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Paradise on Ice

A Visit to Greenland

Eric the Red told one of the biggest fibs in Viking history when he named Greenland: there’s little green and there’s little land—most of the country is hidden under a massive ice cap. But he was honest when he told his people back in Iceland that he had found a vast paradise teeming with wildlife. Greenland is still an undiscovered, stunning country that in many ways, is little changed from the day Eric the Red set foot there a millennium ago.

Despite my misgivings about the cold, I went to Greenland in the early spring when sunlight returns and the ice-covered ecosystem awakens from a long, dark winter—a time of clear blue skies and few tourists.

Just a short walk out of Kangerlussuaq, a former U.S. Air Force base that is Greenland’s airport and gateway, you are in the midst of reindeer, arctic birds, and muskox. The males of the herd engage in a kind of head-butting ritual that is executed very much like a western showdown. Toward the harbor, reindeer graze on what few edible shoots they can find on the snow-covered hillsides.

Thanks to the Americans, Kangerlussuaq has as many entertainment options as a theme park. A gym with a heated swimming pool, weight room, and sauna (free to visitors) was built so that U.S. soldiers could enjoy their rest and relaxation time. The two bars, four hotels, a bowling alley, movie theater, golf course, and conference center were also left by the Yankees.

Outside of town toward the bay a Danish travel agency runs a youth hotel called “Team Arctic Hostel,” the only low-budget option in town. The hostel offers reasonably priced group excursions.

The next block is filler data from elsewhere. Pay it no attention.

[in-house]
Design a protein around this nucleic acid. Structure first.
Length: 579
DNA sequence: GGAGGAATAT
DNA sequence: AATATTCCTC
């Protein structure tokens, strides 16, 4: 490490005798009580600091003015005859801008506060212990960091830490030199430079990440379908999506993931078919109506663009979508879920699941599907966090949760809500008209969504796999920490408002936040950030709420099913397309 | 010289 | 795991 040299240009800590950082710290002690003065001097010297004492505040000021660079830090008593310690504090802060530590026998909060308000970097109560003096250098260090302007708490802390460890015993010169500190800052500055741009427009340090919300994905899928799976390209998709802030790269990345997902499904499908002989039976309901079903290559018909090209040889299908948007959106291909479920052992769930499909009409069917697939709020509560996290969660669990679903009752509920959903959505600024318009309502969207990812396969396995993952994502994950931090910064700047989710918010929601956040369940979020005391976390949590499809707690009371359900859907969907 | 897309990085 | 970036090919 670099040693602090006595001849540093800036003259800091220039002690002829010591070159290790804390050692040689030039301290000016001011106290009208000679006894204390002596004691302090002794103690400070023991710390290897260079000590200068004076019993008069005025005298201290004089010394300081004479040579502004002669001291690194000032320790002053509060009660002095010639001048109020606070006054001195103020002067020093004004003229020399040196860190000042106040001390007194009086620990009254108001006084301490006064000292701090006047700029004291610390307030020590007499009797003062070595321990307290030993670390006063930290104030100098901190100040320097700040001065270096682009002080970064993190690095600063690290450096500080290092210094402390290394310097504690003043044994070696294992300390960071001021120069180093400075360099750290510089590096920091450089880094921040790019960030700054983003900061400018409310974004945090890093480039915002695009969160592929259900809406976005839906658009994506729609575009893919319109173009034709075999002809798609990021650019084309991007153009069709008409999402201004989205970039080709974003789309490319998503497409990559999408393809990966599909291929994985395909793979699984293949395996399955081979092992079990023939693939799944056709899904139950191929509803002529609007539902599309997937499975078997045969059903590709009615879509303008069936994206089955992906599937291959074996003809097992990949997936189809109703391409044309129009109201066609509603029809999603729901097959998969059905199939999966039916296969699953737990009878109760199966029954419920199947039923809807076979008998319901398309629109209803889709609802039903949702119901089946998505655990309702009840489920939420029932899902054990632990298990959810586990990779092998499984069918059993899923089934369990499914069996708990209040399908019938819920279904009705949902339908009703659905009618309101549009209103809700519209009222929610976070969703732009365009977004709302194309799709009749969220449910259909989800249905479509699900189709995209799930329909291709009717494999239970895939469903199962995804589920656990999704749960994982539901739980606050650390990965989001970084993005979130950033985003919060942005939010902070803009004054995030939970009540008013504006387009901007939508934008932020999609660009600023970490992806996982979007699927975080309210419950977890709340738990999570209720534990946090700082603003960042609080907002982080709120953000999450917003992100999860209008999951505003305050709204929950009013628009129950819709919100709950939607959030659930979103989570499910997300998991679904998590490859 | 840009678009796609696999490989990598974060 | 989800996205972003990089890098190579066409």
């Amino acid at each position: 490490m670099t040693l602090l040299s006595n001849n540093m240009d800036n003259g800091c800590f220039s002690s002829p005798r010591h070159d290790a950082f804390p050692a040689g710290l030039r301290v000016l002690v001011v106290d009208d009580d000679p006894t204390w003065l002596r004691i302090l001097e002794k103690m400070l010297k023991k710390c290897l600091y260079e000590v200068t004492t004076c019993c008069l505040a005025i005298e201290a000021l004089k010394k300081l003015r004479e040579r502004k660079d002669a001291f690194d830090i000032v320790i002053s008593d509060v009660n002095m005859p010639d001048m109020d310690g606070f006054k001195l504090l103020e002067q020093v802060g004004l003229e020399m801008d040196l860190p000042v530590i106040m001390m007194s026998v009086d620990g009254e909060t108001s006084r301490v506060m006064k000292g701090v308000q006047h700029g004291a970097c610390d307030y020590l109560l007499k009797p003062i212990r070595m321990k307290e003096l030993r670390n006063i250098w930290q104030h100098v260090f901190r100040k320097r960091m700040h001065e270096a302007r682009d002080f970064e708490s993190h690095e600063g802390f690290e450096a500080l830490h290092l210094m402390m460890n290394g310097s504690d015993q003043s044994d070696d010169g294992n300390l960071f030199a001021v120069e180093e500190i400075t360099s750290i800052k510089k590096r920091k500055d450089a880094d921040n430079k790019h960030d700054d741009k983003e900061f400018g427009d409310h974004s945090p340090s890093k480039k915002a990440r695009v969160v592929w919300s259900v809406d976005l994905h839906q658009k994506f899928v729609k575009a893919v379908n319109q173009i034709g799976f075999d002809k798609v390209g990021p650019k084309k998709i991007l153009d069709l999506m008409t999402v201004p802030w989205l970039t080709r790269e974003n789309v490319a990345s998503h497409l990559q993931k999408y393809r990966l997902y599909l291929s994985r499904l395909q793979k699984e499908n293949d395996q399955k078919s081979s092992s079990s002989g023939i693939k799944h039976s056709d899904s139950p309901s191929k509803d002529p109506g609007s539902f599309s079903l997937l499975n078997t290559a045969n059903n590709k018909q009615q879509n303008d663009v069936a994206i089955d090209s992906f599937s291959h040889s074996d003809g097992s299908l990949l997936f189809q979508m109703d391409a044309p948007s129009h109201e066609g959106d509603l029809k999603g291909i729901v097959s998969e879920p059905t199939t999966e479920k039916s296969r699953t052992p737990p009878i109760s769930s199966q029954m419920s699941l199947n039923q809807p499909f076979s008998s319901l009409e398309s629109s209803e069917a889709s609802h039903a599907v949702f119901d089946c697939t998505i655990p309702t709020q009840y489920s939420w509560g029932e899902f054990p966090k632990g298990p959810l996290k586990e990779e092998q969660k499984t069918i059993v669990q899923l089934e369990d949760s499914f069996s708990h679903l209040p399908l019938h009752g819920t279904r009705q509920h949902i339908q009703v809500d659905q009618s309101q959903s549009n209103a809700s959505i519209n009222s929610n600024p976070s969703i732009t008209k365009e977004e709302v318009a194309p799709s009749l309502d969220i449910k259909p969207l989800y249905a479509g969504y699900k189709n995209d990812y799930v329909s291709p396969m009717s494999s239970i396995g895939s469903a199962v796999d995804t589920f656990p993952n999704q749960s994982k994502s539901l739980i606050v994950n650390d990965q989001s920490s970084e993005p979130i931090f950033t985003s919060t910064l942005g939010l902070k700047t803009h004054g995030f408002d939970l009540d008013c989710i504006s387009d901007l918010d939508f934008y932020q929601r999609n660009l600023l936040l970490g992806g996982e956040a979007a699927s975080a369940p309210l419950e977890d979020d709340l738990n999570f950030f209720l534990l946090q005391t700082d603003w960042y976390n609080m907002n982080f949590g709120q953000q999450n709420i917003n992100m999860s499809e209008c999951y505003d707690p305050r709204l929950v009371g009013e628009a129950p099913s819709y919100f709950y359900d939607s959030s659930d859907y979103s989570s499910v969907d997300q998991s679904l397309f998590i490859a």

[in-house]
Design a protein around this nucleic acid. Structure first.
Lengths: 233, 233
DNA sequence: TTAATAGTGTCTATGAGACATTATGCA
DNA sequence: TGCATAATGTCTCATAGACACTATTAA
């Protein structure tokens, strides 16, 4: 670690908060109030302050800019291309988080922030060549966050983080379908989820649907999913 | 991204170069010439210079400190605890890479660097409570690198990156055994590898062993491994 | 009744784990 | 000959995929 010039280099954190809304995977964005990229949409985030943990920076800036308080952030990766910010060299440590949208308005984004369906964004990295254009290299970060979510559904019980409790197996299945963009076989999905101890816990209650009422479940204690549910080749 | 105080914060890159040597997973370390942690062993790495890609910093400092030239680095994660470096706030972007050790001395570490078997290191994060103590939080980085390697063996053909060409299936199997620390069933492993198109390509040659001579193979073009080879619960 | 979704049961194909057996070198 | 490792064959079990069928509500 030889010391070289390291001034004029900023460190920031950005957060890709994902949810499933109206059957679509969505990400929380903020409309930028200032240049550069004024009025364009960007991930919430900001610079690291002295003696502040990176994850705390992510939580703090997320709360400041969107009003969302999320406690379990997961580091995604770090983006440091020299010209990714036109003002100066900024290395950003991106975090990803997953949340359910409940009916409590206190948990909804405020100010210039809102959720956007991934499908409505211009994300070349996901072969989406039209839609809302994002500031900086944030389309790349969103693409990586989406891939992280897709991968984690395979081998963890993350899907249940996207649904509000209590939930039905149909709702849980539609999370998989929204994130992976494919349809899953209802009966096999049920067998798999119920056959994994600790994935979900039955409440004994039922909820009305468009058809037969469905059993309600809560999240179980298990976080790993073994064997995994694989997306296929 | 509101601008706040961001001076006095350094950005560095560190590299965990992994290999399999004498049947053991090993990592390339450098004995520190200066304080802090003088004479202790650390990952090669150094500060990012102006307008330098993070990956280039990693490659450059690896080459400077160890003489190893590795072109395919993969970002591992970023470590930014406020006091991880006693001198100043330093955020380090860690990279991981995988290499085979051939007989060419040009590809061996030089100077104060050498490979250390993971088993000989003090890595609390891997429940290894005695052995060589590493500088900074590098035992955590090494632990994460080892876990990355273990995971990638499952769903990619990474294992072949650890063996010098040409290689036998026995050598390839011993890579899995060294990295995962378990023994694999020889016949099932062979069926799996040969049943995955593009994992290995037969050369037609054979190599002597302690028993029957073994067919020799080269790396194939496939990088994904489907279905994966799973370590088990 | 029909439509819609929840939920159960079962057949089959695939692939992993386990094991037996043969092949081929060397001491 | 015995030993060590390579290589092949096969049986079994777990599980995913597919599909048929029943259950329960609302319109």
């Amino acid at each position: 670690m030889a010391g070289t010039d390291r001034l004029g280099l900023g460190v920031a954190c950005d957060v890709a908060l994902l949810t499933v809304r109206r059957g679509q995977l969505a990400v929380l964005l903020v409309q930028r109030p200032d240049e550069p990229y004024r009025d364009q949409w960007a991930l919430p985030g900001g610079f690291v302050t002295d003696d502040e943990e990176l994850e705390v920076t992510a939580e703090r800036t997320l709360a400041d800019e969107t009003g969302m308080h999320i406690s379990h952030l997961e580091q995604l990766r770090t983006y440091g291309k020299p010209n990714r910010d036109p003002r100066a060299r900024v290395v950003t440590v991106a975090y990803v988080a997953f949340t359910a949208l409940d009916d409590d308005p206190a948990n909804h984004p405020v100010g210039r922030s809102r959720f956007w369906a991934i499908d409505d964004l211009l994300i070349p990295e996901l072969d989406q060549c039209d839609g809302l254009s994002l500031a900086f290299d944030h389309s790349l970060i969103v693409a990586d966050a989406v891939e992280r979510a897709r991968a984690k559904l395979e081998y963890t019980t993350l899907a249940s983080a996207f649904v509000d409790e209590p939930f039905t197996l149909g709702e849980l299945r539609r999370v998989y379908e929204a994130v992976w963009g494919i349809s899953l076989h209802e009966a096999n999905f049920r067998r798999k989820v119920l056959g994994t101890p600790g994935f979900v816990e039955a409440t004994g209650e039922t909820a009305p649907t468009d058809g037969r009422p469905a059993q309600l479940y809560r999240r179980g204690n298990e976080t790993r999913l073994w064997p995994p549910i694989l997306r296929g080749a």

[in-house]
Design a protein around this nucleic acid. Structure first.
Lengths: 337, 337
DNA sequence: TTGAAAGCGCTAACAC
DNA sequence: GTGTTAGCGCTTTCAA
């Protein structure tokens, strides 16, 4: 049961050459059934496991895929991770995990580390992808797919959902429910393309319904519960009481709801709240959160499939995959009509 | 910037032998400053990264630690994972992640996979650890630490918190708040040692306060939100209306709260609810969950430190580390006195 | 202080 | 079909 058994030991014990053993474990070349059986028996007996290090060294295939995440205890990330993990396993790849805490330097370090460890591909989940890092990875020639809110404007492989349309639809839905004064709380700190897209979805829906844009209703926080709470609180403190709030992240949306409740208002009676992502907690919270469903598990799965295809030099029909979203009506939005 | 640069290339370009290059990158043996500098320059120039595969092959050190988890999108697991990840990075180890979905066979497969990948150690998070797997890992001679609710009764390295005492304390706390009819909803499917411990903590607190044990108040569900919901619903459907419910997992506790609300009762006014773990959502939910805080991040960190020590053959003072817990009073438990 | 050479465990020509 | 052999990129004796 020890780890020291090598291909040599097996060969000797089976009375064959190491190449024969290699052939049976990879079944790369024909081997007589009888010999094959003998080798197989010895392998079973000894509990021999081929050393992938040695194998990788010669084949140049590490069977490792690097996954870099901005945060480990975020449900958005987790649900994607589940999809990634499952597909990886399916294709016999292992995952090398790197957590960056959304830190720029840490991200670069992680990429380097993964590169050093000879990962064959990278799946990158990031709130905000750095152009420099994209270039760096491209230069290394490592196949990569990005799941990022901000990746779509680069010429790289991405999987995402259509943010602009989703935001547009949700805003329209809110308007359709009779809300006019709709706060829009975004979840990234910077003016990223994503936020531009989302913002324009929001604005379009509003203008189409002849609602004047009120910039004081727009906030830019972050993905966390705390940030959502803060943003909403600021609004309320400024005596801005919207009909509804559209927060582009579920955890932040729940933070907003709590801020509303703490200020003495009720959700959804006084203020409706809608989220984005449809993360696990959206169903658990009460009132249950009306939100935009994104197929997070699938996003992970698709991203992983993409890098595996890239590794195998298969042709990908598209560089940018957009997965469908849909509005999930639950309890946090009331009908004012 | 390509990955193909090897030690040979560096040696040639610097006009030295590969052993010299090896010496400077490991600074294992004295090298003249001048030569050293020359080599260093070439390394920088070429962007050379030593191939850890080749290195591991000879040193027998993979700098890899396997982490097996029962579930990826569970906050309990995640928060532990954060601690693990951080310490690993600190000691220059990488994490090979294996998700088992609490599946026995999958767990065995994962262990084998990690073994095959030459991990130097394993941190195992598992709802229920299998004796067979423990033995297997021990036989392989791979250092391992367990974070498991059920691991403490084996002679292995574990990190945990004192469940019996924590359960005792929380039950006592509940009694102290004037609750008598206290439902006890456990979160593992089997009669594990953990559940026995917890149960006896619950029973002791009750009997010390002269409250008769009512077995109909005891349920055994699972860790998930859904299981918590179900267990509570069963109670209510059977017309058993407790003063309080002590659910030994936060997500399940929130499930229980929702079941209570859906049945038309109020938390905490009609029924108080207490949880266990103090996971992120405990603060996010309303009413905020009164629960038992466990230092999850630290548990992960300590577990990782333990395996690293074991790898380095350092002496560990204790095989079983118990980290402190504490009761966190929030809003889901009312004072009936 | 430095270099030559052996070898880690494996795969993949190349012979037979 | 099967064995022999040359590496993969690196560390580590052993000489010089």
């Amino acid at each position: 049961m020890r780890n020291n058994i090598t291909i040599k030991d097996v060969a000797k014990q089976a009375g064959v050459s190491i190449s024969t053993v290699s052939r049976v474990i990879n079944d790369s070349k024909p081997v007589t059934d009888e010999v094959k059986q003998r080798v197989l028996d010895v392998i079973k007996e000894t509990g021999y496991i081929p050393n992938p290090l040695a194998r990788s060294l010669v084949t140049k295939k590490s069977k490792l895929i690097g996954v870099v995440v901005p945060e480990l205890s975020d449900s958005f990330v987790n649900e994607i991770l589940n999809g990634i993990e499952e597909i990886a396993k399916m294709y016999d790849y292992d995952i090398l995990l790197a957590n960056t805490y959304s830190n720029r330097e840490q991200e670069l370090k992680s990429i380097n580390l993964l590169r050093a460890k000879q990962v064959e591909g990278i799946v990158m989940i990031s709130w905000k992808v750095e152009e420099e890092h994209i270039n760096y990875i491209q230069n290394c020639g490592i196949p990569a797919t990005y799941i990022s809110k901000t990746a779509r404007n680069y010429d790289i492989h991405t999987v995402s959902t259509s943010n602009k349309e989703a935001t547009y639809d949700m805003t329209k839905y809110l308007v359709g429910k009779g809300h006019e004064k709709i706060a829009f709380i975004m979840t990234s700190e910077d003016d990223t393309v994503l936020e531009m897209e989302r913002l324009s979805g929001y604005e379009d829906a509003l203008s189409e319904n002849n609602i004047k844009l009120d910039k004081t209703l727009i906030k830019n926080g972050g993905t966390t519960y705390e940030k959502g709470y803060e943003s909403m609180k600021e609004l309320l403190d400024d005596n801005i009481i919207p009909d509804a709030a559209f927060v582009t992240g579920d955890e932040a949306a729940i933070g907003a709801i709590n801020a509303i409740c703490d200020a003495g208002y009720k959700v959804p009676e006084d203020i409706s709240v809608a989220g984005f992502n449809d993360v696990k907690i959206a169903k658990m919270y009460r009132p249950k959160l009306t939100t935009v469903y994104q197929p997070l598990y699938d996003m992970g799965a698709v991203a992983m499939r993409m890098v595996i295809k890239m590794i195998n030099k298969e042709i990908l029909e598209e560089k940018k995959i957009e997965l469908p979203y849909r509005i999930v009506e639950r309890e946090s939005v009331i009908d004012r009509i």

You can also arrange short tours and multi-day trips at the airport through the state-run tourism agency, Kangerlussuaq Tours. Offerings include horseback trekking, ice-fishing on pack ice, and seal hunting by dog sled.

But it’s even more fun to explore the immense Greenland wilderness on your own. The ice cap that covers 85 percent of the island comprises 7 percent of the earth’s freshwater reserves. From the ice cap you have spectacular views of the rolling snow-covered hills and the steep-cut edges of the fjord. There’s almost no color to pepper a landscape that is completely pristine. This is the top of the world, and what a rush it is to be perched here--if only for a two-week vacation.

KOREY CAPOZZA is a San Francisco-based freelance writer. She is the contributing author to the Artic Encyclopedia.

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